HUGHSON — From Whitmore Avenue, just east of Hughson High School, it looks simply like a grove of trees.
Oaks, redwoods, pines and pepper trees. Mesquites, magnolias, sycamores and incense cedars.
There's no sign along the road telling people passing by they are looking at the Hughson Arboretum and Gardens, a parklike setting intended to become a place were people can stroll through the woods in a peaceful, soothing environment.
"It's amazing how many people go by it twice a day and don't know it's there," said Margaret Sturtevant, who owns the property and began turning it into a grove in 1994.
Premium content for only $0.99
For the most comprehensive local coverage, subscribe today.
Because if they did, they might stop to see a tulip poplar tree born of a seed from George Washington's farm in Mount Vernon, Va. Or the Japanese cherry tree that grew from a pit from one of the trees given to the United States by Japan in 1912 that line the tidal basin near the Jefferson Memorial in Washington.
Or the George Washington Carver green ash tree that came from the Diamond Grove, Mo., birthplace of the scientist who found more than 300 uses for peanuts, among his many discoveries.
Or the elm tree that survived the April 1995 bombing of the federal building in Oklahoma City.
Or a red maple that came from President James Madison's Montpelier estate in Virginia, or a golden raintree from "Uncle Tom's Cabin" author Harriet Beecher Stowe's family home in Florida, or a Trail of Tears redbud tree remembering the cruel and forced migration of Native Americans to reservations in Oklahoma in 1838.
Yes, it's a very special place — nine acres of trees with room for many more. Paths meander through the groves that include sections of species native to the Sierra and desert.
At 90, Sturtevant is beginning her second try at creating a place the public can enjoy. In 2002, she donated 12 acres and created a nonprofit board to oversee development of the Hughson Botanical Garden. The board hired an executive director who convinced the board to retain a firm of Seattle landscape architects to design the gardens.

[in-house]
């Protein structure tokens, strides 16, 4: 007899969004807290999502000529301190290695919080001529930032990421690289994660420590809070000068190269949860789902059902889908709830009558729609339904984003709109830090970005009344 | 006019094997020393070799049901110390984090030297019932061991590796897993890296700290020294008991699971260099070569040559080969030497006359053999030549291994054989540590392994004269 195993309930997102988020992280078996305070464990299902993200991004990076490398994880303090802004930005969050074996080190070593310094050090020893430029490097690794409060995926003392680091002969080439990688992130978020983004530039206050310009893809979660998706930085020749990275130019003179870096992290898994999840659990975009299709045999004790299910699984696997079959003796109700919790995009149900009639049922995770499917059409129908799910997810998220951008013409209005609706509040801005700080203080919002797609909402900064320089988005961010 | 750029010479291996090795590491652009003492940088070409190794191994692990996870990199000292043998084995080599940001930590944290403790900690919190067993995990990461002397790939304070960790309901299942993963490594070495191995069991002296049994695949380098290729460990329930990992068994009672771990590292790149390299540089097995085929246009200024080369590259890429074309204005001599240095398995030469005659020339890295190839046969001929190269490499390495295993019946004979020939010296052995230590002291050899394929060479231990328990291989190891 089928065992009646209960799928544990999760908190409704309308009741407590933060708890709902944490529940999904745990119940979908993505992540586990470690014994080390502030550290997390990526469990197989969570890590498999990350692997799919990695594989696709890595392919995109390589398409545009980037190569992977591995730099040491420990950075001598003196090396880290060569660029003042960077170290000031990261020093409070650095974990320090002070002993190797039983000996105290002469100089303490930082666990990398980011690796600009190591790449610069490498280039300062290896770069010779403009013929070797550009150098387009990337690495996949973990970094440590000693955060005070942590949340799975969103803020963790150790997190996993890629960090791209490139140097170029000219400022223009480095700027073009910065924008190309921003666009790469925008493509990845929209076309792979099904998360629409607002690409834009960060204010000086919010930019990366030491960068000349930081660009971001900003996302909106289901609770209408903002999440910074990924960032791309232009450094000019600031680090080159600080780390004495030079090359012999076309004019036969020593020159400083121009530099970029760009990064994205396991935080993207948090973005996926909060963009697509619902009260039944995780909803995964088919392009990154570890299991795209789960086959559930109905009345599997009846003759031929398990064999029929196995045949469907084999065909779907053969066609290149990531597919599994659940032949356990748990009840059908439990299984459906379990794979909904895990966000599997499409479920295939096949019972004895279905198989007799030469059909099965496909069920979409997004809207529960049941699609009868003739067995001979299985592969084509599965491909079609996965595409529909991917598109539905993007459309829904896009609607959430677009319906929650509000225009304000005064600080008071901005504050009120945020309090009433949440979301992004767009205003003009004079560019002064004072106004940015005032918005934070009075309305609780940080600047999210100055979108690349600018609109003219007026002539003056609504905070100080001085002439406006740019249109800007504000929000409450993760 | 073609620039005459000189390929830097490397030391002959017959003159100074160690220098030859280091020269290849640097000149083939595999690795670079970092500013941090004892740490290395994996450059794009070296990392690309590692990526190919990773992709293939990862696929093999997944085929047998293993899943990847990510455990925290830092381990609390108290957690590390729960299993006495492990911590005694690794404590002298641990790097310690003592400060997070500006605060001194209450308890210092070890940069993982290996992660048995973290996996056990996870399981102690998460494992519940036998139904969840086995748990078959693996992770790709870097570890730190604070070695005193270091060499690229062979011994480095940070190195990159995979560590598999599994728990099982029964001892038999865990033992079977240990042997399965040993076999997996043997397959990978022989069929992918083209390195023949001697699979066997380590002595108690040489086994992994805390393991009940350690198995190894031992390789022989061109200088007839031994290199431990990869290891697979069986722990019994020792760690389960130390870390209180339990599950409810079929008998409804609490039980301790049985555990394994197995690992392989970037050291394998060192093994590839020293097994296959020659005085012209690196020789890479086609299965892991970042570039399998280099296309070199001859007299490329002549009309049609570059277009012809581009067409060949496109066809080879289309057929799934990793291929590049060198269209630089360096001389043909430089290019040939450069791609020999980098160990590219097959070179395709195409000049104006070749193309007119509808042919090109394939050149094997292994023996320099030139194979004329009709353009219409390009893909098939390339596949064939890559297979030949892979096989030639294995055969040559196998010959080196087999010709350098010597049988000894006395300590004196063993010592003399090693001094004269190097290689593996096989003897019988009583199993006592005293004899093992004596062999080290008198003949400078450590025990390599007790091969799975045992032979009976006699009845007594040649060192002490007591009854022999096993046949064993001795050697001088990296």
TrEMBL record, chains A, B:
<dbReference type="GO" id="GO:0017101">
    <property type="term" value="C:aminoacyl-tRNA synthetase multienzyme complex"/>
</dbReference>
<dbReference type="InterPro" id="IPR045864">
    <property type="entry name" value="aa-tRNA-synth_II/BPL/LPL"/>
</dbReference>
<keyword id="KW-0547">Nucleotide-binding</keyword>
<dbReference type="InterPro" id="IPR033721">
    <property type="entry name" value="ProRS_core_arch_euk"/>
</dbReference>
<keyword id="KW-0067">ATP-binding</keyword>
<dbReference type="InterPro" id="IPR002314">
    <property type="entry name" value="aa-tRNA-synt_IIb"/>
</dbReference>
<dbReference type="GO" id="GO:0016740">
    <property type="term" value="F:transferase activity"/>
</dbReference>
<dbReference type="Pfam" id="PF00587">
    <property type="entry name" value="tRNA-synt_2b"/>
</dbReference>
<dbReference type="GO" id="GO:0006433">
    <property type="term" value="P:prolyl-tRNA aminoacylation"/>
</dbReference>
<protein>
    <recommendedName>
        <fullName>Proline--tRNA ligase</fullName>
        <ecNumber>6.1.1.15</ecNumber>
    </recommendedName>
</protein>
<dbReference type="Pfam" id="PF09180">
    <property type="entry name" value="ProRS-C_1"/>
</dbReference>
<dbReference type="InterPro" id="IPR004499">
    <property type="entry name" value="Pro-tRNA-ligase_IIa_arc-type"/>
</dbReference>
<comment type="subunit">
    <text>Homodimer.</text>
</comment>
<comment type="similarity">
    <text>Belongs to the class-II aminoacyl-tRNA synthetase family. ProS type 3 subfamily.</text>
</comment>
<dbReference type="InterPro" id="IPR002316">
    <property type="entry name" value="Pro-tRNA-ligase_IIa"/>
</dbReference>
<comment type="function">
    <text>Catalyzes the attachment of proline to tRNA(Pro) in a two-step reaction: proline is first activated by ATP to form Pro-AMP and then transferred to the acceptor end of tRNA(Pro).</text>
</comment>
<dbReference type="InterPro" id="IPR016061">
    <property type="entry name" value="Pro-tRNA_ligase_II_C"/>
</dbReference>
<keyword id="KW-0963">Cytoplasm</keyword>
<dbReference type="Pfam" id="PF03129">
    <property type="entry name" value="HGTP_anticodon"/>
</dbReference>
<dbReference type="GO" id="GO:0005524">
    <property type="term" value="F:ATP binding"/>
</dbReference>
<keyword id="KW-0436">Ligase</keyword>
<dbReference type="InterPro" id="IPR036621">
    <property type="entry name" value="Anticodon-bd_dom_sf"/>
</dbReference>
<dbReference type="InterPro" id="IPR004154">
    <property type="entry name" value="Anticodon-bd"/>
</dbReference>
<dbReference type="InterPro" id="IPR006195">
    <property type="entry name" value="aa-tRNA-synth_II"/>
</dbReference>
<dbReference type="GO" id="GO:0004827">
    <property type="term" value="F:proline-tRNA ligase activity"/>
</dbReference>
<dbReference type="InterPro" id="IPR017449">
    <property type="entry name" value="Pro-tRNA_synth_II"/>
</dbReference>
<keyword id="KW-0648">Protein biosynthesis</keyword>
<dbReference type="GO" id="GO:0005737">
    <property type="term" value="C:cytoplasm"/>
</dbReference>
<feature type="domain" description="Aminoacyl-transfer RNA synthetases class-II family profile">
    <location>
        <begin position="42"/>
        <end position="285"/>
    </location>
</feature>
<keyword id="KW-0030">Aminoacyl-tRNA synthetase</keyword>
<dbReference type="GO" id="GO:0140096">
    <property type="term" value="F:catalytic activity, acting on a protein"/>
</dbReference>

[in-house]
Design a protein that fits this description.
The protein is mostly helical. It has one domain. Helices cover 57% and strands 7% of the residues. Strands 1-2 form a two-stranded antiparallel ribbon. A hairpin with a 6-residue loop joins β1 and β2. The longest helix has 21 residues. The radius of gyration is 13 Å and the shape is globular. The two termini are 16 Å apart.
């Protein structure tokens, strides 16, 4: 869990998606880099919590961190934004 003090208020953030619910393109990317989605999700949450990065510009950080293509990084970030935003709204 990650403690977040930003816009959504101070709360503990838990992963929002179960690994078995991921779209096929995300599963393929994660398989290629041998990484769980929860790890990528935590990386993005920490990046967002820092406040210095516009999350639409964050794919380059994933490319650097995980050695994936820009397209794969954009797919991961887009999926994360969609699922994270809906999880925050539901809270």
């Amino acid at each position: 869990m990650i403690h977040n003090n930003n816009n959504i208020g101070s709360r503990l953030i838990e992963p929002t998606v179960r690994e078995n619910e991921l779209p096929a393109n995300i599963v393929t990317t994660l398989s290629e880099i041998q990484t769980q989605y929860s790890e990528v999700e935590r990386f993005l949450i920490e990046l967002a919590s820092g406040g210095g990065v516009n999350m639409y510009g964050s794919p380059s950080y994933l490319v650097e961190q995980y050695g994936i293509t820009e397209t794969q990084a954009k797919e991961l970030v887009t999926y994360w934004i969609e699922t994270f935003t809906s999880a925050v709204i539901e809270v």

The firm drew up a plan that, if built out, would have cost $20 million. Ouch!
"They had great big dreams," Sturtevant said. "They wanted the most beautiful arboretum in the world. They overstepped their bounds. Even if they did only one quarter of (the firm's design), that still would have cost $5 million."
So in 2006, she took back the property she had deeded to the nonprofit and disbanded the organization and its board.
Four years later, with a new board in place, she'll try again. The board expects to have its new nonprofit status within a month or so, said President John Carter who, with school teacher Leslie Sanderson, is one of only two current board members who also served on the first one.
Carter, who teaches economics at three valley colleges, is a Hughson native who wants to see his old home town have such a beautiful setting.
Sturtevant, who wasn't on the original board, is on this one. She also recruited Modesto resident Ed Perillo, Hughson City Councilman Matt Beekman, Hughson Planning and Development Director Thom Clark, former Stanislaus County Supervisor Pat Paul, Historical Society President Jean Henley-Hatfield and Janice Adams to serve.
Sturtevant refuses to see her vision for the arboretum as "scaled down," preferring instead to call it more "focused" than the previous effort.
Former University of California at Santa Cruz botanist Dan Harder has signed on as director of the Hughson arboretum. Philanthropists John and June Rogers will match the group's fund-raising efforts up to $50,000.
"Now, we have to go into the town and do it," Sturtevant said.
Carter is confident they can raise the funds needed to improve pathways and build a garden that demonstrates water conservation techniques that can be educational not only to school students who visit, but also to others interested in water uses.
"There is money in Hughson," Carter said. "There are people out there who will want something like this in their community and will be willing to contribute."
Earlier this year, Sturtevant's grown children placed a sign well into the property — one that includes the words "Those who plant trees plant hope."
Her hope is that another one can go up soon alongside East Whitmore Avenue — one that tells people passing by they're looking at more than a large stand of trees, and to come in and see for themselves.
Jeff Jardine's column appears Sundays, Tuesdays and Thursdays in Local News. He can be reached at email@example.com or 578-2383.